Mr Godwin Kojo Koranteng, Director of the Centre for Human Rights and Peace Building, has suggested the need for a religious watchdog bureau, to help Christian organizations to demonstrate transparency with regards to their finances.
“It is relevant at this age and time in our country to have a religious watchdog bureau that should work in collaboration with government to investigate and report on religious non-profit organization abuses, he told the Ghana News Agency in an interview in Accra on Thursday.
“The bureau will seek to unearth if these organizations are abusing the non-profit tax status. In some cases or events today, it is difficult if not impossible to tell the not-for-profit from the individual person’s piggy bank or from the profit entity.
“Religious fraud is a growing problem in our country today, that it seems more monies are stolen in the name of God than in any other way,” he noted.
Mr Koranteng, also a lawyer said the usual government oversight procedures have not been able to keep up to expectation.
He said: “Unfortunately for the public, many of the huge religious organizations legally disguise as churches –literally disguise as in invisible funds, no accountability whatsoever.”
He said churches do not have to file their returns showing their top salaries and where the money goes.
“And even as the problem increases, many media outlets across the country have reduced or not reported at all on this issue, allowing most of these abuses to continue unreported.”
The Lawyer explained that the bureau focus has to do with exposing these abusive behaviors and also be active with authority in trying to right some of the wrongs it would discover.
He claimed that the religious bodies have totally neglected the needy in the society and rather exploiting them to the benefit of their leaders and their families.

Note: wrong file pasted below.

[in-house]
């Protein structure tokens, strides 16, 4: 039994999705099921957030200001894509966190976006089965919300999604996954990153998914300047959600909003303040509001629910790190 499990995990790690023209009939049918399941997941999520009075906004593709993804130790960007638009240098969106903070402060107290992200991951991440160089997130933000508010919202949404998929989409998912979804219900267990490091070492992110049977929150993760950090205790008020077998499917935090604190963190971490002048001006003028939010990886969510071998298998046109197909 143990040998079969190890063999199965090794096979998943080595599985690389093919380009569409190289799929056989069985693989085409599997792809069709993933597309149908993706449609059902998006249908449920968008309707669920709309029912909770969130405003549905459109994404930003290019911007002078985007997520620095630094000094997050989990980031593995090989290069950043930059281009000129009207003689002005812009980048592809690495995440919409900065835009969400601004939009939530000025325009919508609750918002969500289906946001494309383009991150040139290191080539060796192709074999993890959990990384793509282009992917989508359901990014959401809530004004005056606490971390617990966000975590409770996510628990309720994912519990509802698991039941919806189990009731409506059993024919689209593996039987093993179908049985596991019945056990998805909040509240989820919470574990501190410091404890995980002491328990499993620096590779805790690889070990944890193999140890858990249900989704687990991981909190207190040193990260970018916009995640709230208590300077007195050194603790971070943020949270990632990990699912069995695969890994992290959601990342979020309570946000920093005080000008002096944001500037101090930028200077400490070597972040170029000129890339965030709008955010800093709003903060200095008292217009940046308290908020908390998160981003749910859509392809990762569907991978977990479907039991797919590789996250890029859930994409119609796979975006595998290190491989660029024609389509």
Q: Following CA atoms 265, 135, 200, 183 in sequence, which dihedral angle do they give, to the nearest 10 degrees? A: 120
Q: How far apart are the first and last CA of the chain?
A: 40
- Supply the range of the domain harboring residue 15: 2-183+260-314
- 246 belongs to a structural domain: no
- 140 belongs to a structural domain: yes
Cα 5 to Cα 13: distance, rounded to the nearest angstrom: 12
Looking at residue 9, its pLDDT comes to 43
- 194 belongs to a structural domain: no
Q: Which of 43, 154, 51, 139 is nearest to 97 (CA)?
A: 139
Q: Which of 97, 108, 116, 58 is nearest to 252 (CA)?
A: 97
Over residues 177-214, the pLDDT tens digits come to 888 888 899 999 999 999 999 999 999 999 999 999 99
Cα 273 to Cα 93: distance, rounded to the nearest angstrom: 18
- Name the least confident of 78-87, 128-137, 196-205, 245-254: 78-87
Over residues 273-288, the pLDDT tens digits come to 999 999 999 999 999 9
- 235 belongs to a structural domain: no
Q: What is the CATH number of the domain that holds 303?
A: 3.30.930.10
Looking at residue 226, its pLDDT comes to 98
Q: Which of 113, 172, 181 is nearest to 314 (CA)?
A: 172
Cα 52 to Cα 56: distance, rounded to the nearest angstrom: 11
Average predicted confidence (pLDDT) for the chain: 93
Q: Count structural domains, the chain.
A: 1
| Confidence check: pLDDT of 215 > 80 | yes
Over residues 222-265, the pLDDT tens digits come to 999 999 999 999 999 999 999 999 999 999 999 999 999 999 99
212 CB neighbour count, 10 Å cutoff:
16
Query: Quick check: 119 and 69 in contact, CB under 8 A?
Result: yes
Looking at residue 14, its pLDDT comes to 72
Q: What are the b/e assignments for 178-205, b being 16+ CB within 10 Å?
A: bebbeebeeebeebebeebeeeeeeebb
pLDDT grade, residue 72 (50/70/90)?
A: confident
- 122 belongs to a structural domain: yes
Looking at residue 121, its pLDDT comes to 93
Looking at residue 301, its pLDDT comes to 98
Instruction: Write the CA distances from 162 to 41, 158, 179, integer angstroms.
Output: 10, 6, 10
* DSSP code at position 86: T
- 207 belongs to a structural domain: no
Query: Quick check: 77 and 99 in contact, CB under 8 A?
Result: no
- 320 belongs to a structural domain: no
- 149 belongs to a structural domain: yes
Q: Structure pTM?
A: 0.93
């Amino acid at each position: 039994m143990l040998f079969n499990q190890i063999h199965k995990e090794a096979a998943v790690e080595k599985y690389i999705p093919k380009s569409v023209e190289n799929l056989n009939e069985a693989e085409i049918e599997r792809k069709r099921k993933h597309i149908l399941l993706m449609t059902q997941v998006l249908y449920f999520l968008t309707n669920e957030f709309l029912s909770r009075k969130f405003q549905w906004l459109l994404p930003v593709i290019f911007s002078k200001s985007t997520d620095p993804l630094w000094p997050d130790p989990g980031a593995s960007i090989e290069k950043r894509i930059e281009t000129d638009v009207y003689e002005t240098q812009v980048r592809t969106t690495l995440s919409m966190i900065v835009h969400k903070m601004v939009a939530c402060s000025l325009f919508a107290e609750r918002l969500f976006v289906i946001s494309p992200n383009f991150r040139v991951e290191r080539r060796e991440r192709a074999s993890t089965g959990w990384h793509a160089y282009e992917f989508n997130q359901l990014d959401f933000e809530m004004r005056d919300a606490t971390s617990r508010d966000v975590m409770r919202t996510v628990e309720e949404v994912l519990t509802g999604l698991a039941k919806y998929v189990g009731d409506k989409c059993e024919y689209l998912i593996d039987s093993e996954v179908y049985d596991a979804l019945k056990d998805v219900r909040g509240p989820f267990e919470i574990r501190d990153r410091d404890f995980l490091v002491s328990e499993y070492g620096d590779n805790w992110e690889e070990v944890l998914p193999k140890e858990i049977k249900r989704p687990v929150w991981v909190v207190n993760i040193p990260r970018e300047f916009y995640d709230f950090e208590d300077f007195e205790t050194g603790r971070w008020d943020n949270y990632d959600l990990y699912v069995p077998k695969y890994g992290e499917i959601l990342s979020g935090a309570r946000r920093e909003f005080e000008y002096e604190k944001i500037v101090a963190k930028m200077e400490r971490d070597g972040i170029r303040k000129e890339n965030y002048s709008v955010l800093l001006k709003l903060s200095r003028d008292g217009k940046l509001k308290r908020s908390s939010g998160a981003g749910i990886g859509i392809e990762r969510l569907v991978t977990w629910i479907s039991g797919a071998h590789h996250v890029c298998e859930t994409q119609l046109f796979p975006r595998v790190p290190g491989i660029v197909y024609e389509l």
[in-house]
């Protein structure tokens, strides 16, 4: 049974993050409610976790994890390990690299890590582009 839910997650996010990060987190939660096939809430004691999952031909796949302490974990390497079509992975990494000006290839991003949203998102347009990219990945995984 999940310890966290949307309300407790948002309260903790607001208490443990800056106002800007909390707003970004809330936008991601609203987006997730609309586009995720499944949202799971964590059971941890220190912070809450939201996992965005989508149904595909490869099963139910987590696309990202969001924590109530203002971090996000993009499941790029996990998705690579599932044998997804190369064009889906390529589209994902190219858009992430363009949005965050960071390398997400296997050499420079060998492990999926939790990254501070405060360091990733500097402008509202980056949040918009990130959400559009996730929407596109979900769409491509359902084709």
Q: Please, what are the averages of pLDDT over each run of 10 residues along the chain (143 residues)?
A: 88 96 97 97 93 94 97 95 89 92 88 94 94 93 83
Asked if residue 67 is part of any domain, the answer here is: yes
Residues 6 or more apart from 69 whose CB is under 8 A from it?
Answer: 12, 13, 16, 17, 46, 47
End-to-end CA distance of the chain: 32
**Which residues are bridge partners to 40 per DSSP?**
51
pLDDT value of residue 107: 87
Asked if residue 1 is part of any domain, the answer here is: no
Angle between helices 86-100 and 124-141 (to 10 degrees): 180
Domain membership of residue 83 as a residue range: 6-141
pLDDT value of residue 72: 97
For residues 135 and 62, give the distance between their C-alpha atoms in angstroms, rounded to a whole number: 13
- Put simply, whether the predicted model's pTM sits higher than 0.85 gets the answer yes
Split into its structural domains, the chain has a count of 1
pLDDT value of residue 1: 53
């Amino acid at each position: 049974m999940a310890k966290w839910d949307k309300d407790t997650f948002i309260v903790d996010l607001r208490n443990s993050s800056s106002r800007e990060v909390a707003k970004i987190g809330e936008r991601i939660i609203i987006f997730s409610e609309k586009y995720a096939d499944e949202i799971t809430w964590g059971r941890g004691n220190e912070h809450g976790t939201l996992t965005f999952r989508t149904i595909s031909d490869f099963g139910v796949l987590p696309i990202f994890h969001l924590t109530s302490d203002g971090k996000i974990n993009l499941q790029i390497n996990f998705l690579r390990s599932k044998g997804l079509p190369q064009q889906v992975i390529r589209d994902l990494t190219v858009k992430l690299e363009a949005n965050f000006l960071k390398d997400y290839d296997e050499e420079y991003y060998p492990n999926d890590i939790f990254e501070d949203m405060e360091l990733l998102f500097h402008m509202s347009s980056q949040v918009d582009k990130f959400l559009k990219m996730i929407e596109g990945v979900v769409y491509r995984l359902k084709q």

He quoted the Mail Newspaper in the UK that a church run by a controversial multi-millionaire African Preacher was accused of “cynical exploitation’’ after its British branch received 16.7 million pounds donations from followers who were told that God would give them riches in return.
In 2004, Charity Commission of the United Kingdom investigated some churches including the well-known church headed by the African.
The Commission reported concerns about the Church’s management and ordered a team of professional advisors from KPMG, to take over the running of the church as “receivers and managers”.
The outcome of the Commission’s work was highly recommended and admirable.
“Most churches in our country today are making clearly spurious claims and it seems to be cynical exploitation of the gullible.
“What is alarming is the reported violence and the lack of respect for the status of the congregants. It is taken us back to the previous age of ignorance and prejudice that we all thought the church has escaped.
“Leaders of most churches today convince their followers to patronize the sale of special anointing oils, holy water handkerchiefs and other odd items.
“Some leaders openly charge followers consultation fees to have a chat with them, which is purely a commercial activity but enjoying tax exemptions in the name of God apart from the offerings, tithes and now a new terminology ‘sowing seed’.”
He said the tax exemption for churches could be traced back to the Roman Empire when Emperor Constantine (307-337) granted the Christian church a complete exemption from all forms of taxation after his conversion to Christianity circa 312.
Church property was also taxed exempt in Medieval England, on the theory that the church was doing the work the State would have had to do and should get something for its troubles.
‘’Evidently the exemptions is made in recognition of the benefits, which the public derives from church activities, “says Mr Koranteng.
He observed that giving churches special tax breaks the separation of the Church and the State.
He said when the country is on the brink of going broke, the churches and other tax exempt entities ought to be merciful and help financially.
“It’s worth nothing that, most religious organisations are not turning around and giving money to the poor in the society.
“Most people do not know how the religious exemptions work, or what they are worth. No one has really tried to calculate it. Just putting it on the radar is worth doing even if it’s not going to change policies in the short run. In the long run I think it will.
“In Ghana today, there is the need for a commission to investigate and right the wrongs and fraud in our churches before it gets out of hand. A word to a wise is enough,” he said.